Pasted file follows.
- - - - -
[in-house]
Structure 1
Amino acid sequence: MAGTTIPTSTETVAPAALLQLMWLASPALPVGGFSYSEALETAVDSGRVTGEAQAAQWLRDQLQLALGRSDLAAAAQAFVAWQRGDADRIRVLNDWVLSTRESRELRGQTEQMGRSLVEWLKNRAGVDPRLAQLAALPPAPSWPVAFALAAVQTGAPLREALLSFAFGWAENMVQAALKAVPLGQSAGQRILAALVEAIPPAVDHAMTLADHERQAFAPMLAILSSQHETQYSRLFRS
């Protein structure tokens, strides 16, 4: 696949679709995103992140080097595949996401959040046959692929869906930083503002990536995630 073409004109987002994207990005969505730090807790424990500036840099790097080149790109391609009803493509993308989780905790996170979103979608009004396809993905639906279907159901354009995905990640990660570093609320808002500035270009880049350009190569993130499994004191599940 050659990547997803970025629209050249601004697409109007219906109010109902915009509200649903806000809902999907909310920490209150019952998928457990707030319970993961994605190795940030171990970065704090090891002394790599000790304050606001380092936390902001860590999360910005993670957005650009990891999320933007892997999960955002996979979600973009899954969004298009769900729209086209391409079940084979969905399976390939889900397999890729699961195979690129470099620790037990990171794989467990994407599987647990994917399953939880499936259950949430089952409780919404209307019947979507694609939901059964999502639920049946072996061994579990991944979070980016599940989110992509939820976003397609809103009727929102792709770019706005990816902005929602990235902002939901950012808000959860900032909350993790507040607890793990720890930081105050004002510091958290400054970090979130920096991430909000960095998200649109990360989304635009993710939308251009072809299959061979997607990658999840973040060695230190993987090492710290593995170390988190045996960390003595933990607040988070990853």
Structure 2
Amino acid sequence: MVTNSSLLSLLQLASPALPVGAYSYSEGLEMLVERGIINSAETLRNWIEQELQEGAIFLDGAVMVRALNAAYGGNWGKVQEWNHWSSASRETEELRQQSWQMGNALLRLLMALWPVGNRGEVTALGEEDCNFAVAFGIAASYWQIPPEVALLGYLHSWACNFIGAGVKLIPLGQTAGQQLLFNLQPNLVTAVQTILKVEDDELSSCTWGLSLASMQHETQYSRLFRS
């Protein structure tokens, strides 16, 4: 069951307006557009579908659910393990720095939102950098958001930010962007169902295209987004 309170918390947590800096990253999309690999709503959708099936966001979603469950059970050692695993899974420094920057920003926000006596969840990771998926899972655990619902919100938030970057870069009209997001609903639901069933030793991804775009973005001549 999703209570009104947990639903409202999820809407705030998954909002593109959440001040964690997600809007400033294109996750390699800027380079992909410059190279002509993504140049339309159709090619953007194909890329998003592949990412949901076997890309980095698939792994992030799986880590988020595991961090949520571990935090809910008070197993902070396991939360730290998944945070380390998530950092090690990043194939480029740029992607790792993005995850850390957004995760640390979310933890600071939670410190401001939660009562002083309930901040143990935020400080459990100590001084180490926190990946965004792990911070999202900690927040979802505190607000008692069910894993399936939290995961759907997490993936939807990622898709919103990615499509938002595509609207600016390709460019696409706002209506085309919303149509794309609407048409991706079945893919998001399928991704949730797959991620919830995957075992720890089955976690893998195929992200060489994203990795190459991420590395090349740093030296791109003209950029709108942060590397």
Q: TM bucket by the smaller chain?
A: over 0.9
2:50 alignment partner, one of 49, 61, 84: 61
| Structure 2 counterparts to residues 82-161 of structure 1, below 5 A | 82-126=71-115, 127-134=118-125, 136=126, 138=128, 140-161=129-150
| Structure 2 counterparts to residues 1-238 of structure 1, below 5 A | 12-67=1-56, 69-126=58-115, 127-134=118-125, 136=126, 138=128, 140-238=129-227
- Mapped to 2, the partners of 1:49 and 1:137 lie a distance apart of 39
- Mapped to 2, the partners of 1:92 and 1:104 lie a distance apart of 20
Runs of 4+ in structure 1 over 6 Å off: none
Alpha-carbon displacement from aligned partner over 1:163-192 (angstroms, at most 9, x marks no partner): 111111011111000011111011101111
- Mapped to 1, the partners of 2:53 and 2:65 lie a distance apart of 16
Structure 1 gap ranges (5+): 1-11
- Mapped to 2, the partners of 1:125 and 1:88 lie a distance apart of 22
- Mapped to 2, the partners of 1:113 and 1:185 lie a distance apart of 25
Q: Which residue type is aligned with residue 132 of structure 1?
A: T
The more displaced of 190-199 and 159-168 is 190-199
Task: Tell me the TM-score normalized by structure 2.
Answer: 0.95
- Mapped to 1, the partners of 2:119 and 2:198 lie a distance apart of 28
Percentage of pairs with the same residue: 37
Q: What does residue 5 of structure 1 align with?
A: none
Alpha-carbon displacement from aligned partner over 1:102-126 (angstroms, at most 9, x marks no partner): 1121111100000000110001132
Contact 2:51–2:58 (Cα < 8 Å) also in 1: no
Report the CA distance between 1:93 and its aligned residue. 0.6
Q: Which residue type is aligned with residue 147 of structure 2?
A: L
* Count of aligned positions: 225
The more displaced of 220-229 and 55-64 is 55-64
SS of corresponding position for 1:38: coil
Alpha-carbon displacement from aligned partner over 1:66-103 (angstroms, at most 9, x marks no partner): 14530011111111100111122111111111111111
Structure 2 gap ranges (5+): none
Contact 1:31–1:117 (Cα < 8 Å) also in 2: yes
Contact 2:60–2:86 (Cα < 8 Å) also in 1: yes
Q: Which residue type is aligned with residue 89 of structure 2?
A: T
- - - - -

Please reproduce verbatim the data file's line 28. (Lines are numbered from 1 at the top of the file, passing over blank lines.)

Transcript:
Q: What does residue 5 of structure 1 align with?